Longtime community leaders quit the board following ethics spat, accusing some of bending the rules to help their friends; others see a witch hunt

By Gary Walker

Neighborhood Council of Westchester-Playa President Cyndi Hench, Vice President Mark Redick and three other elected members have resigned from the city advisory board amid a public dispute about ethics that involves allegations of favoritism.

Hench, Redick and others believe resistance to removing a high-profile board member for serial unexcused absences, despite bylaws that empower the board to do so, exposed members’ willingness to throw good governance out the window in order to help a friend.

“My resignation isn’t out of frustration … it’s out of disgust,” said Redick, assailing board colleagues for “deliberately misleading statements” designed to obfuscate board rules as a means for achieving their own political ends.

“The Neighborhood Council of Westchester-Playa is no longer a council of neighborhood interest. It is a council of special interests,” said Redick, who before moving to Westchester in 2011 led the Del Rey Neighborhood Council for nine years.

Others believe the attempt to remove longtime influential board member David Voss was itself a political hit job, claiming selective interpretation of the board’s rules in order to make an example of him.

Voss is a founding member of the Westchester-Playa council who has served multiple four-year terms, but he hasn’t attended a meeting since November. J.D. Webster, also targeted for dismissal, hasn’t shown up for a meeting since July, according to council attendance records.

During the board’s April 3 meeting, Hench offered a motion to remove Voss and Webster from the board after the L.A. City Attorney’s office suggested that she take what might have been a routine vote to enforce board-ratified bylaws — operating rules that were largely crafted by Voss, a prominent area attorney — that state “three unexcused absences from duly-noticed board meetings shall result in automatic removal.”

The board voted 13-5, however, not to remove Voss or Webster.


‘More of a Guideline’

Board members Geoff Maleman and Tom Flintoft spoke loudest against Hench’s motion to boot Voss, who was out of the country at the time and could not be reached for comment by press time.

Flintoft called the absences “no big deal” and described Voss as a “tremendous asset to the board.”

“The bylaws are more of a guideline,” Flintoft said. “I don’t want this to be used as a ‘gotcha’ document.”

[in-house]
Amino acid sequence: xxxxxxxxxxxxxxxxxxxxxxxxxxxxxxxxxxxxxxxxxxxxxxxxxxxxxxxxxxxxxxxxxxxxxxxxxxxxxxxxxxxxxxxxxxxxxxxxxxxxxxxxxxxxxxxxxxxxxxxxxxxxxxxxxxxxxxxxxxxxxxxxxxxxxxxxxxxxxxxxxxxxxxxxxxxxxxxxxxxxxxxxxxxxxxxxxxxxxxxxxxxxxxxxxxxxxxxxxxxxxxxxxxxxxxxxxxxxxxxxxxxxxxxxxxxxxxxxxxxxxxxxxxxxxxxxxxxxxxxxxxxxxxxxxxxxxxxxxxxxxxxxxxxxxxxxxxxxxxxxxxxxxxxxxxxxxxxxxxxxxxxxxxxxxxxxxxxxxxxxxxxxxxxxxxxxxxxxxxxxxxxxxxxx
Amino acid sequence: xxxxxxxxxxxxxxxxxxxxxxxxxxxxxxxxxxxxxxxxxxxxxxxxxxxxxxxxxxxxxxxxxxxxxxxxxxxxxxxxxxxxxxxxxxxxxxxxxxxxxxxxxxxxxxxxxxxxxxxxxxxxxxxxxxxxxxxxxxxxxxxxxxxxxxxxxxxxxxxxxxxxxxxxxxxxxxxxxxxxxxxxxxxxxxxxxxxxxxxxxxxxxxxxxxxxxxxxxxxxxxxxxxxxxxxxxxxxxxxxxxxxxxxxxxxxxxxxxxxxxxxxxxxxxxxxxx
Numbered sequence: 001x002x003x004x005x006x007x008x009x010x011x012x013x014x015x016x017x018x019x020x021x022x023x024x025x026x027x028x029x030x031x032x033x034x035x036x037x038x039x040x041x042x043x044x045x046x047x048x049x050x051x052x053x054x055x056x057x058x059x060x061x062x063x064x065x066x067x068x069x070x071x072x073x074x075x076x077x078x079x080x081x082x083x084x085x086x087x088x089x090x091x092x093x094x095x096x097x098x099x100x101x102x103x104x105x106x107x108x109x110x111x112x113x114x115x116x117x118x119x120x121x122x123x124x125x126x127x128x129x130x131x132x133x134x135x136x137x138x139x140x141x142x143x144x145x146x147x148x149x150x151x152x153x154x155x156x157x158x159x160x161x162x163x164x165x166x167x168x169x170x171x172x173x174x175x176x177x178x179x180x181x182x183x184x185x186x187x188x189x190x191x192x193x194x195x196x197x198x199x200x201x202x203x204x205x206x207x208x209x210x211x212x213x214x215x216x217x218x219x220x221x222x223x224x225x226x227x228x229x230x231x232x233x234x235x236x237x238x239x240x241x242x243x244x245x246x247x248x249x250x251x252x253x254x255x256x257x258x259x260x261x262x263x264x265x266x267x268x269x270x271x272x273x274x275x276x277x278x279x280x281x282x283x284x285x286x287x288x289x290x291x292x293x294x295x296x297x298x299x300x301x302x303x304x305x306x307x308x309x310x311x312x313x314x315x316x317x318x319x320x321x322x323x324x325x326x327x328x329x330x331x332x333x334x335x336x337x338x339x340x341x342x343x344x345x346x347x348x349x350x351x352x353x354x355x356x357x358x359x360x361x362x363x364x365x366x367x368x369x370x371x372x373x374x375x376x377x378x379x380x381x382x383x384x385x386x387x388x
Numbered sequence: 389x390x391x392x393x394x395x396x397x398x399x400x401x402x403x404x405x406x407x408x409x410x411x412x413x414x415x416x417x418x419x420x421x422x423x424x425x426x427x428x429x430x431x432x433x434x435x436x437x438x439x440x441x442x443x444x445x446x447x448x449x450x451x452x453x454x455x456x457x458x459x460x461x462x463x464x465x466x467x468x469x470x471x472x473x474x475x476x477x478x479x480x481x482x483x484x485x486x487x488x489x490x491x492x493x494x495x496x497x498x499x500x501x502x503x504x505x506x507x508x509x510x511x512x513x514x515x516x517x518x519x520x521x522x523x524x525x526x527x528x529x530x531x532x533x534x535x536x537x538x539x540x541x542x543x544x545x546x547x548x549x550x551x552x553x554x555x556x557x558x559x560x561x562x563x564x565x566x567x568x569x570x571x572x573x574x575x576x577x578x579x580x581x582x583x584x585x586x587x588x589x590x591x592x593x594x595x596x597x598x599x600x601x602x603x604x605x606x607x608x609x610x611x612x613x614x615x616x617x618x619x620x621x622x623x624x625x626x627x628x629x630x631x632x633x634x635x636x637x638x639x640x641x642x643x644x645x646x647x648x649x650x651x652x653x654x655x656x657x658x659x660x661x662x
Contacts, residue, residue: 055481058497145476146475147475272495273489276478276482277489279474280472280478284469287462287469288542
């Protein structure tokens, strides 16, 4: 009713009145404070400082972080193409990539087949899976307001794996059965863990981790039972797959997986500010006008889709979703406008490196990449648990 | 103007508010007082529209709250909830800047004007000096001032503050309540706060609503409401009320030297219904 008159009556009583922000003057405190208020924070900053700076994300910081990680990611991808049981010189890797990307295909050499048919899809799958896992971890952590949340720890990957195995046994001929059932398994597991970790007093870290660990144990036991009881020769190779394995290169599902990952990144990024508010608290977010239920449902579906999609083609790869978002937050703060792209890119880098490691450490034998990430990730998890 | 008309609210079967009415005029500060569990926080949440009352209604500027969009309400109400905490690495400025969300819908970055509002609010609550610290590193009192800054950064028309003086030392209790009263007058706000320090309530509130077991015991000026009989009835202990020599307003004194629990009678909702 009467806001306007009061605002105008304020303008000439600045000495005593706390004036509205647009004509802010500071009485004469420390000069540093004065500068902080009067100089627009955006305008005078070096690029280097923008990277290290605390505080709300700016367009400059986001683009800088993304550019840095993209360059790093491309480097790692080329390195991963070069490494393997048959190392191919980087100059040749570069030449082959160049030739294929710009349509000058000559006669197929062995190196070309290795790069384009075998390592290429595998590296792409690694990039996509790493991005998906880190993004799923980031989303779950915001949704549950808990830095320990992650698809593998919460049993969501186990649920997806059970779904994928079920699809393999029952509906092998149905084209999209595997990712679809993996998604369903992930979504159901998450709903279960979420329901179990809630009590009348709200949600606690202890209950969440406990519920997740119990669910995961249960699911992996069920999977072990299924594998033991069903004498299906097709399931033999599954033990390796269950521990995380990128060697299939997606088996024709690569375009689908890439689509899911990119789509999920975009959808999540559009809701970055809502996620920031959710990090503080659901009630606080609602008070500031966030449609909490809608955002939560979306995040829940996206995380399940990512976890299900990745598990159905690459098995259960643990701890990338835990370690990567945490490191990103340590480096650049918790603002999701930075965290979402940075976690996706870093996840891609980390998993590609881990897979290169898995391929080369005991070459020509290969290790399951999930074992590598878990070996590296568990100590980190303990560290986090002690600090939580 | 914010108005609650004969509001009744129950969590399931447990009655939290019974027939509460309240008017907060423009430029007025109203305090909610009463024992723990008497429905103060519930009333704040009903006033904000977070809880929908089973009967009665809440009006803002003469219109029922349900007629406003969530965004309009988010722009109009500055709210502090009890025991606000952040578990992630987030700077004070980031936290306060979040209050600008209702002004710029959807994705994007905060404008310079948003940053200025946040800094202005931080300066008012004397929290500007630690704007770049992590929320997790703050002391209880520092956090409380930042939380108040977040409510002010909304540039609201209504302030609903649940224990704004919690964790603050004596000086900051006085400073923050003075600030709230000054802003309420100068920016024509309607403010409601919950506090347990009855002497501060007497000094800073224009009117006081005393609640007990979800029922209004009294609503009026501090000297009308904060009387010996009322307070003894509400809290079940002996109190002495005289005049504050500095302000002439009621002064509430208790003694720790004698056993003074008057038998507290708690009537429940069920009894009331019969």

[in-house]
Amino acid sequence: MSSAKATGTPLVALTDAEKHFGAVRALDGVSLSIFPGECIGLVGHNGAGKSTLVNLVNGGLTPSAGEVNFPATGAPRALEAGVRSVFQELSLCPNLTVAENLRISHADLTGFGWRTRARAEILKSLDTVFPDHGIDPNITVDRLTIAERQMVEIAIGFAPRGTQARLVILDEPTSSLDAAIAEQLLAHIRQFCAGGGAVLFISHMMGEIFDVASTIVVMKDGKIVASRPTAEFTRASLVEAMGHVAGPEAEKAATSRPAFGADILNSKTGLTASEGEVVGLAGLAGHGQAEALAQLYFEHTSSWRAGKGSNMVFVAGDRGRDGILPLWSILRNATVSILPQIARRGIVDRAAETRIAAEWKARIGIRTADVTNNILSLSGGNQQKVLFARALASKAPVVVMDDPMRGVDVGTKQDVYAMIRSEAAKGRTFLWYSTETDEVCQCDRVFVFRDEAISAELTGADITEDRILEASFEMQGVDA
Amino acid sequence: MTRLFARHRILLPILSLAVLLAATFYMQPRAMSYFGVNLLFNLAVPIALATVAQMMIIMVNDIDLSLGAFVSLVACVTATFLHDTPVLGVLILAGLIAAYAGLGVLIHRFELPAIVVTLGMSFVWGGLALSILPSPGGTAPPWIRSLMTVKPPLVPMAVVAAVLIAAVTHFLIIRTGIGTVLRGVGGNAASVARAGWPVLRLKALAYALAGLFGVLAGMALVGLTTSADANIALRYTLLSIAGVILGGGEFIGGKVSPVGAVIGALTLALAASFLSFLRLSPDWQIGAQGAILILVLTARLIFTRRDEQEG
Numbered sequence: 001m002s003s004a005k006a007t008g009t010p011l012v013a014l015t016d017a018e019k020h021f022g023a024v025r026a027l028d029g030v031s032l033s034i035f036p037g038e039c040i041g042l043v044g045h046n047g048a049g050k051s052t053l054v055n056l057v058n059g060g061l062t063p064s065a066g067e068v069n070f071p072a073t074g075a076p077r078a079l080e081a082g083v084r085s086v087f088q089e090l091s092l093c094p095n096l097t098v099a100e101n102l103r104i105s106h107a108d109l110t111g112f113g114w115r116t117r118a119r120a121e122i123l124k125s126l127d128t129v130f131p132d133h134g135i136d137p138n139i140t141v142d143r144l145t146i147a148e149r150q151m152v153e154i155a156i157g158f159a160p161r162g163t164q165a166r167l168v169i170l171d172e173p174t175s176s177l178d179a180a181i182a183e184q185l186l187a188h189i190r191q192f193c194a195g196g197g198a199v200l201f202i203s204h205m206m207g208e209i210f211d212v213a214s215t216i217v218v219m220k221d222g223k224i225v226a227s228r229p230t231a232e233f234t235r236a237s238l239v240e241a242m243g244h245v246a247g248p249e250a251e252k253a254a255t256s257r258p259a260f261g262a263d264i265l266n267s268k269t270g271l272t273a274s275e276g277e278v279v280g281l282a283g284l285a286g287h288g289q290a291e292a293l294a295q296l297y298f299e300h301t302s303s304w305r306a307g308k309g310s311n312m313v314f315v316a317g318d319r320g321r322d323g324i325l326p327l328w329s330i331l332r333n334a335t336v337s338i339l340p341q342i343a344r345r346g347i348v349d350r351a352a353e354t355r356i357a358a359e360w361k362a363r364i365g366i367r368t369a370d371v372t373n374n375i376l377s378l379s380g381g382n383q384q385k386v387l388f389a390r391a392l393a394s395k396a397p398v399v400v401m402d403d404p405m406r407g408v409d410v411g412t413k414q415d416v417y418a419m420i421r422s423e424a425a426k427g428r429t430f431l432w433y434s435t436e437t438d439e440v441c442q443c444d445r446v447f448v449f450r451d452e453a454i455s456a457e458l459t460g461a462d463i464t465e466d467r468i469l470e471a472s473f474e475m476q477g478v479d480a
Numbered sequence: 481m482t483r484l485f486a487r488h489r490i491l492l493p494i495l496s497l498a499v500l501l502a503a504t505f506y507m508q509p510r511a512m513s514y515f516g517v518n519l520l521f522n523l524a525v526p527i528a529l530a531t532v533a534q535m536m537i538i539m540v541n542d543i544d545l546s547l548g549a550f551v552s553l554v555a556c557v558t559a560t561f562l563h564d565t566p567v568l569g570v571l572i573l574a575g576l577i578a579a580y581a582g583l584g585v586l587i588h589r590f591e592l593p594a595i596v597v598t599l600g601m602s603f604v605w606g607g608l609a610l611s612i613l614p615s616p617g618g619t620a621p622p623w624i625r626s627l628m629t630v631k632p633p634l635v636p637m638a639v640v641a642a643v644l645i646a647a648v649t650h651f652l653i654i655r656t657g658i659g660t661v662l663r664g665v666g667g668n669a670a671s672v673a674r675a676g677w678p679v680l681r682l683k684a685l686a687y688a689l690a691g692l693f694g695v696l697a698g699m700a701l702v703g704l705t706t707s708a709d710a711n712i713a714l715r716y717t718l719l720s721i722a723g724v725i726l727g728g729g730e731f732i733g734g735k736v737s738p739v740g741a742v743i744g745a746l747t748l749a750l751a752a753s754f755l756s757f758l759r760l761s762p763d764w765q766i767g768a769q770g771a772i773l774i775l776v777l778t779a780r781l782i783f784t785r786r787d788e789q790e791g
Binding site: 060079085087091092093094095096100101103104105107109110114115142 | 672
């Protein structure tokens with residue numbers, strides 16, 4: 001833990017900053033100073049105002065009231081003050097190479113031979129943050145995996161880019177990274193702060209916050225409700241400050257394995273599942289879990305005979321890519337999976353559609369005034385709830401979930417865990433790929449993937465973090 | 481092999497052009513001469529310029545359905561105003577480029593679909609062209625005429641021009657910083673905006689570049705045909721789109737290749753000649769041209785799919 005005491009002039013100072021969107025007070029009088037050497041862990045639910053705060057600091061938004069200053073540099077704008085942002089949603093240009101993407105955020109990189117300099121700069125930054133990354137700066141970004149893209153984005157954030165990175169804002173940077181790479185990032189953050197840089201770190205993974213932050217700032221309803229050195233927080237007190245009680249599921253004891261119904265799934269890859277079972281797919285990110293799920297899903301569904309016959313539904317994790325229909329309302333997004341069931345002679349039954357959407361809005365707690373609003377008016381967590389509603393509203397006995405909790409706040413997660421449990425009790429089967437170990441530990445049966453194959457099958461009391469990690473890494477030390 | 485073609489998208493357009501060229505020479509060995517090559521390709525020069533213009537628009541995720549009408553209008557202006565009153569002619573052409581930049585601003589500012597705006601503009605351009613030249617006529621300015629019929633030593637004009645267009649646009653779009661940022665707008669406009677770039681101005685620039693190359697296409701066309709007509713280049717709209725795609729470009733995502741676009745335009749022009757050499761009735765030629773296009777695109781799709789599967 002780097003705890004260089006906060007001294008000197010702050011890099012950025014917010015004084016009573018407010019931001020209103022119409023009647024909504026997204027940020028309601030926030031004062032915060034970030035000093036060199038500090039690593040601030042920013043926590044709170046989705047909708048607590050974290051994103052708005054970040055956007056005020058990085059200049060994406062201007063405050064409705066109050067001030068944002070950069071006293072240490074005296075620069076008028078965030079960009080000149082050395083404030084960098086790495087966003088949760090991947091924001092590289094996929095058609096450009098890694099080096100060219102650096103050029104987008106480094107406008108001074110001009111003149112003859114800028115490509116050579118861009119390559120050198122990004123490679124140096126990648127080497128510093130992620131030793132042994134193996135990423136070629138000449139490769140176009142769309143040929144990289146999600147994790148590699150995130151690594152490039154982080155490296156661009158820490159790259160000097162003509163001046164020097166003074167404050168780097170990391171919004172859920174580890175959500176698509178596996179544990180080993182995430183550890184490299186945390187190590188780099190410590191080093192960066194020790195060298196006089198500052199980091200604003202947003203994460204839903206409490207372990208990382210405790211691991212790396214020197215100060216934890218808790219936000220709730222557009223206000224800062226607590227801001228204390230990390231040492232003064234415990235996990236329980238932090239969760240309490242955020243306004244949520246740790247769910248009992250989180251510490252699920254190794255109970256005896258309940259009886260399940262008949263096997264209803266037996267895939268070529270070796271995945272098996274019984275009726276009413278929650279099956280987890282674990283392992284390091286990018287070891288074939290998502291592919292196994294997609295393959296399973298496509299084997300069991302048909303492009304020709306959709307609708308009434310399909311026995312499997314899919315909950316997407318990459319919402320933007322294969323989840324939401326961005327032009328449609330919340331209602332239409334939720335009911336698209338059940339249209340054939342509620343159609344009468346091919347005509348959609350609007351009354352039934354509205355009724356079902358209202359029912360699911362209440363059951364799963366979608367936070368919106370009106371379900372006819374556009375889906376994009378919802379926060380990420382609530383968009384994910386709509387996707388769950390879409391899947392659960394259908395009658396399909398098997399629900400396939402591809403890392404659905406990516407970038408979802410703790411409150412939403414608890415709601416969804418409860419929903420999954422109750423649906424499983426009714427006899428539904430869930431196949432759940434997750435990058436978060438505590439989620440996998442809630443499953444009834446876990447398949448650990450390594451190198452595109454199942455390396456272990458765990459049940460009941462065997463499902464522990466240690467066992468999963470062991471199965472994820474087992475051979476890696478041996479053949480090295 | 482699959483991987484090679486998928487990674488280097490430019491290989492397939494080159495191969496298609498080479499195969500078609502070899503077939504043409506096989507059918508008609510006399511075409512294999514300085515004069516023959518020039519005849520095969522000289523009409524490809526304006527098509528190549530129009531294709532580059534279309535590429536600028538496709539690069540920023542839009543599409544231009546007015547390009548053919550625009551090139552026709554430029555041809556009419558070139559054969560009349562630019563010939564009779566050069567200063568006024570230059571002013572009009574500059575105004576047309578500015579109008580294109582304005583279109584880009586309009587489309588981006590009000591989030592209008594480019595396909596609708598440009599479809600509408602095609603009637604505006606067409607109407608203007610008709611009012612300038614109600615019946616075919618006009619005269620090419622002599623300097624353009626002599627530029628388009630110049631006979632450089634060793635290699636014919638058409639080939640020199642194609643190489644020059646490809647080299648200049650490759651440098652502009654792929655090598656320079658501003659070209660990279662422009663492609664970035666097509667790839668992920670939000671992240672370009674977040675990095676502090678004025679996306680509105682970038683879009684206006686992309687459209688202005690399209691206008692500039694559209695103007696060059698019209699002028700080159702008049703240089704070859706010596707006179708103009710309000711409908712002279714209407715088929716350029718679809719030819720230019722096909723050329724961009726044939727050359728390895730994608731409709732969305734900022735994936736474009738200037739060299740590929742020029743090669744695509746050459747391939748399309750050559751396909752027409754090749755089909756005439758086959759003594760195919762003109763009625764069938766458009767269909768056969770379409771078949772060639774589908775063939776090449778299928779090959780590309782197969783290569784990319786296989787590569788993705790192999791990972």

Maleman argued that it would be hypocritical to apply the automatic removal provision to Voss when other members have racked up more than three unexcused absences over their tenures, pointing out that board bylaws did not specify a timeline over which absences should be counted.

“My question,” he said, “is where do we draw the line and say, ‘From this point forward is when we’re going to look at those three absences’?”

Just before voting on the fates of Voss and Webster, the board revised its bylaws to establish a 12-month timeframe for keeping track of unexcused absences, an action Maleman decried as arbitrary and capricious. Using a 15-month standard, at least four other members would also be subject to automatic removal, he argued.

“My ethical concern is that some people are choosing to remove [Voss] without removing others who have also violated the same bylaws provision. That is simply unethical, and I will never support that,” Maleman stated in an email clarifying his position. “I believe the intent of this motion was to make sure David Voss was removed from the board. However, the motion was agendized without regard for others who might also be in violation of the bylaws.”


‘Absolutely Disrespectful’

Hench and others who resigned in protest argue the issue is the board’s willingness — or lack thereof — to follow its own rules.

“I really saw the disproportionate difference between my views of the bylaws and how others on the board see them. I’m a rule follower and I just really realized that this is not a group of people that need me,” Hench said the morning after the meeting. “I view unexcused absences as absolutely disrespectful to the board.”